Garmin has produced a huge range of smartwatches, running watches and fitness trackers, all designed with specific people in mind, but two models are particularly similar, and if you're in the market for a new activity watch it might be hard to know which to choose: the Garmin Vivomove 3 or the Garmin Vivoactive 4.
Both of these are stylish watches that look smart enough for everyday wear, and at first glance they seem very similar, but there are some very important differences between the two.
Here's everything you need to know about the Vivomove 3 and the Vivoactive 4, so you can choose the right one for you.
The Garmin Vivomove 3 is the more stylish of the two, with a classic-looking design that features both an analog dial and digital display. It has lots of handy tools for everyday health and wellbeing (such as step tracking, stress monitoring, mindfulness exercises) plus several exercise tracking profiles, but it lacks on-board GPS and has fewer sport-specific features than the Vivoactive.
If you're a keen sportsperson who favors practicality over looks, you'll prefer the Garmin Vivoactive 4. It has GPS (plus GLONASS and Galileo) for accurate navigation, plus an array of extra sport-specific training features to help you measure and improve your performance. It also has storage for up to 500 songs so you can leave your phone at home while you train.
Display and design
- Vivomove 3 has a hybrid display with physical hands
- Vivoactive 4 is has an all-digital display
Perhaps the most obvious difference between these two watches is that the Vivomove 3 has a hybrid design, meaning it has both analog hands to show the time, and a hidden digital display for important information such as app notifications, text messages, and fitness stats. The hands move out of the way automatically to show the digital display, and return to their proper positions afterwards. You can opt for a black-and-white screen, or a color version if you pay a little extra.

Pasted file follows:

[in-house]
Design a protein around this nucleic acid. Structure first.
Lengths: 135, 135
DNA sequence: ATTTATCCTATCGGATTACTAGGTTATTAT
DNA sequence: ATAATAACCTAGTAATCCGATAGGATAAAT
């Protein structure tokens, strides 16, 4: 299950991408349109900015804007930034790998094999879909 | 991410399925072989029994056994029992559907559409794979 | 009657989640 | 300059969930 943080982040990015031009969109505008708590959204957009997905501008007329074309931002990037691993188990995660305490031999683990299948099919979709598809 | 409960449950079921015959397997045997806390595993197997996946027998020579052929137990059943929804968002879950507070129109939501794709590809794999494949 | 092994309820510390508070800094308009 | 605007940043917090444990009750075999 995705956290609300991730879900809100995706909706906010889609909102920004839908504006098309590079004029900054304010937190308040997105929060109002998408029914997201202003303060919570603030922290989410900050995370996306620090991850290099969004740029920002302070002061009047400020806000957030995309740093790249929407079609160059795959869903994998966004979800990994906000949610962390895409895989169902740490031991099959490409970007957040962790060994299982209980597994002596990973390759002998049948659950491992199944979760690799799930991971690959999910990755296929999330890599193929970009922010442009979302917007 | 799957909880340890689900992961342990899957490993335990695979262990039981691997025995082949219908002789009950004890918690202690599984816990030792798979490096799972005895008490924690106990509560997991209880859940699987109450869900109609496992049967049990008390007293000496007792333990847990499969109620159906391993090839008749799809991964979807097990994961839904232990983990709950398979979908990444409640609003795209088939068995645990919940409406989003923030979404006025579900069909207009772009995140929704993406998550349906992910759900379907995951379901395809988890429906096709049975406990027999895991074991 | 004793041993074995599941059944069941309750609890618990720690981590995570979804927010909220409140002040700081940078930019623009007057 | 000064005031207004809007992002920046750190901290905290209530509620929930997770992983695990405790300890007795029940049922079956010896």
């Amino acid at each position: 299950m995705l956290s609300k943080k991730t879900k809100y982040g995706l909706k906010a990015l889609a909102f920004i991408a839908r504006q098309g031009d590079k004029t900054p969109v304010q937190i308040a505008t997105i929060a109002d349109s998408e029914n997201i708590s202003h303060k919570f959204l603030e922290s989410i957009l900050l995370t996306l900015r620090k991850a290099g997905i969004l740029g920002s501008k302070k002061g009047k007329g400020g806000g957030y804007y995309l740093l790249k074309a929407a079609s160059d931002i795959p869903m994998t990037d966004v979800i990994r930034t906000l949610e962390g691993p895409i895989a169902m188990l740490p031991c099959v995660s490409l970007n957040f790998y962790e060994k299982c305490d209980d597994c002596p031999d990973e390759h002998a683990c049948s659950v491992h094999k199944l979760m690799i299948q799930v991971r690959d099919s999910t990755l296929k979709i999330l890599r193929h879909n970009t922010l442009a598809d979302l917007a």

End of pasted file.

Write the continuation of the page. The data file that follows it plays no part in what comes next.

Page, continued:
By contrast, the Vivoactive 4's display is entirely digital. You can choose an analog-style watch face design if you prefer a classic look (as shown in this article's header image), but these are pixels on a screen; there are no moving parts.
The Vivoactive 4's display measures 33mm in diameter, and has a resolution of 260 x 260 pixels. The Vivomove 3's 8.90 x 18.30mm digital display has a resolution of 64 x 132 pixels.
The Vivomove 3's lens is made from generic chemically-strengthened glass, while the Vivoactive 4 features Corning Gorilla Glass 3.
- Almost identical dimensions
- Stainless steel bezel and silicone strap as standard
- Vivoactive 4 is marginally heavier
The Vivomove 3's case measures 44 x 44 x 11.3mm, while the Vivoactive 4 is 45.1 x 45.1 x 12.8mm, meaning it has a smaller face but is slightly thicker. The difference is minimal though, and you're unlikely to notice it in everyday wear.
Both the Vivoactive 3 and Vivomove 4 have a stainless steel bezel with a plastic rear cover and silicone strap - a combination that strikes a happy balance of stylish looks and light weight. The Vivoactive 4 weighs 50.5g, while the Vivomove 3 is slightly lighter, tipping the scales at 46.1g.